Tuesday, September 13, 2005

On the Edge

Someone like me, prone to hyperbole might get skeptical responses by claiming that life as situations currently are is overwhelming. Yet, I will say it anyway, and if you choose to believe it great. The last week has by far been the most academically challenging week I have had in my college career. That is not to say that things weren't rough when I was taking o-chem, human anatomy, cell biology, and physics at the same time. What is different is that last time this happened, I got crushed. I left my biology major, and switched to CS. This time, there is no leaving, no switching. I don't want to. But that means that I have to figure it out, which is much harder than quitting. Not only that, but it is more frightening.

I won't even speak of the hours I have spent thinking about problems only to come up with a solution that isn't a solution. Does this mean I am not fit to be a computer scientist? I sure hope not. It feels like I am being attacked in every weak place all at once. I am growing as a problem solver, and as a mathematician, but apparently not fast enough.

I don't see things getting easier, and that is ok, but I do need to gain capacity to be able to work through it, and come out on top. I guess 8 hours of sleep may just be a luxury that I can't afford. But what do you do when you have stared at the problem for hours on end and haven't even the slightest idea as to how to approach it? Does sacrificing sleep somehow bridge the gap?

Should I be reading more books?
Should I be trying more problems?

I refuse to believe that puzzle solving can't be learned. That idea just sounds preposterous.

So I'll keep trying, and hoping to find the light at the end of the tunnel, or at least a faint glimmer.


Kelly said...

Keep up the good fight. You will do it. By the way, Happy Birthday! Remember, you're not getting older, you're getting bitter.


Joe said...

Kelly -

Thanks for the birthday wishes... oh, and by the way the new blog format looks AMAZING.

I hope that rather than getting bitter in my old age I am getting bEtter.


rfin said...

Joe, You can do it. All your blog readers, friends and family are pulling for you! p.s. You'd love the scenery here in Carbon County.

Anonymous said...

A can tell you that the U of U's Discrete Mathematics class nearly did me in. I went in to the class not having a full year of the math prereqs that apparently were apparently invaluable to recurrence relations. I spent countless hours in the library reading math books I didn't understand. When the final came around, I was in a panic because there were only six questions, and even though the professor gave partial credit, on two of the questions I couldn't even lob a guess for fear of showing I completely lacked any understanding of the nature of the problem, let alone the solution.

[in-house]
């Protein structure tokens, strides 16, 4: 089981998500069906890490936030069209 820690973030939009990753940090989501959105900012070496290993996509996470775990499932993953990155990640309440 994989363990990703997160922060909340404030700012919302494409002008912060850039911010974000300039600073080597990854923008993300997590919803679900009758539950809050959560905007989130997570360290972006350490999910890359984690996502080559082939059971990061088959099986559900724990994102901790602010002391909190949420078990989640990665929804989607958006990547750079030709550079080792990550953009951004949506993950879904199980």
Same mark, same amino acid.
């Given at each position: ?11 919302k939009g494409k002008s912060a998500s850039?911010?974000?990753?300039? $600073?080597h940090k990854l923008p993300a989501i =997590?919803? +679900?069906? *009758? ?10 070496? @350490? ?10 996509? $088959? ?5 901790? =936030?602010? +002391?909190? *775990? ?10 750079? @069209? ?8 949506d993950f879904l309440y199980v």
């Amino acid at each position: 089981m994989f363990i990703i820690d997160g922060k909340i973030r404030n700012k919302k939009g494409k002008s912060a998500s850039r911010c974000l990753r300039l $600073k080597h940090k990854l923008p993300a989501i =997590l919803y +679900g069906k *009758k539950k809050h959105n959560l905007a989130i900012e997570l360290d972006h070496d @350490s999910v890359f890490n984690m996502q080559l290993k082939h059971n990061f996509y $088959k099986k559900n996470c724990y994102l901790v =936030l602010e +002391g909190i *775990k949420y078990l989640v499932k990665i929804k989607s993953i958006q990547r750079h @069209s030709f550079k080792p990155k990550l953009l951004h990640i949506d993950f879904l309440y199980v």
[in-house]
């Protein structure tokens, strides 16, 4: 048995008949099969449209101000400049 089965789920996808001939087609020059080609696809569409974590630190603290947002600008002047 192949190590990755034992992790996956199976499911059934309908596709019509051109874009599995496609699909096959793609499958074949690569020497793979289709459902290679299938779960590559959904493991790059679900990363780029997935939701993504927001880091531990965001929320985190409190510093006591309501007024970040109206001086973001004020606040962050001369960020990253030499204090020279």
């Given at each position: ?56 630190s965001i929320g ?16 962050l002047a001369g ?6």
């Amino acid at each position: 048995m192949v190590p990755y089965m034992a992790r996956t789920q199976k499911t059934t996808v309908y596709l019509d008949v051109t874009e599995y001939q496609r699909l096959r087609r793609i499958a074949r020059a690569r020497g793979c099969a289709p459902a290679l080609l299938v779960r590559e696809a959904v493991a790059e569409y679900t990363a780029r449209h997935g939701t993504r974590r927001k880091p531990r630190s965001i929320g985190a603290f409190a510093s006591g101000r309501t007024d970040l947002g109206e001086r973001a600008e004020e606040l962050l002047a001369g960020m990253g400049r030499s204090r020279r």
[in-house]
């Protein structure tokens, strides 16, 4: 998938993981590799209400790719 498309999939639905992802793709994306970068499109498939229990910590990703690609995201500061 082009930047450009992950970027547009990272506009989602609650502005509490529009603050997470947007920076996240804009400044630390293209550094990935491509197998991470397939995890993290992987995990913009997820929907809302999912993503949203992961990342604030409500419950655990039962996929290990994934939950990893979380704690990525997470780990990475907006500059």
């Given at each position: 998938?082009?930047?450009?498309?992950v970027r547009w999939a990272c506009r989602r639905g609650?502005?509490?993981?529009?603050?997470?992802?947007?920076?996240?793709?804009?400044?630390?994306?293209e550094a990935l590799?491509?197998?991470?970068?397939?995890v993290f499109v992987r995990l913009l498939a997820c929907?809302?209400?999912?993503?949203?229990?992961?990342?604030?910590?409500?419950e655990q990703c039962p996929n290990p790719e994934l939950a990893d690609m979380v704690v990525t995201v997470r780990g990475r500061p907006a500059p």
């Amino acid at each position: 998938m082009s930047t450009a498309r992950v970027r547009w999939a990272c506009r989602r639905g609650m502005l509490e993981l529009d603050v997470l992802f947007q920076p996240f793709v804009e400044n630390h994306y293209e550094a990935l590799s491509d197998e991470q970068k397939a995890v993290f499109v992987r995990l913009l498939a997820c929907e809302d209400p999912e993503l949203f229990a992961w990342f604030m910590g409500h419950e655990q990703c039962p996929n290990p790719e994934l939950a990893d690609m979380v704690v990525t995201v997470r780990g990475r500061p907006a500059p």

All I can say is, I'm glad that class is behind me. I'm pretty sure I'll never use anything I learned in that class, if only because there are thrones in heaven for the people that can write the types of programs that require an in-depth understanding of mathematics and proofs, and I'm confident my name is not on any of those thrones. I'm quite content not blazing new trails in the land of more efficient compilers, revolutionary encryption, speech recognition, a more efficient red-black tree and the like. I'm stick with the trusty STL and Google to help me get through my old-fashioned, comfortable applications, thank you very much.

Oh yeah, and if this is any consolation, even though I was utterly sucking wind in discrete math, I still somehow managed a "B" because I got the homework in on time, religiously attended every class, tried my best on the exams, and was bumped up by the curve. They have to pass most of the class, otherwise the professor has failed, and they can't have that :-). Embrace the curve.

Joe said...

I love it!

"...there are thrones in heaven for the people that can write the types of programs that require an in-depth understanding of mathematics and proofs, and I'm confident my name is not on any of those thrones."

I am glad to hear that I am not the only one that feels that way. Last fall I took "Discrete Mathematics", boy was that ever a fun one. For some reason, I thought it would be "fun" to get a Math minor, so the math that is torturing me right now is Analysis. I am also working on a rather frustrating "bit" assignment right now. But that is neither here nor there to the conversation at hand.

Thanks for dropping by and sharing your story with me. I love the quote about the thrones; it has been stuck in my head all day. On many levels you are indeed correct. Though I don't see myself doing any ground-breaking work in CS, I sure do love trying to understand how exactly it works.

Oh, and the curve will save us all in the end.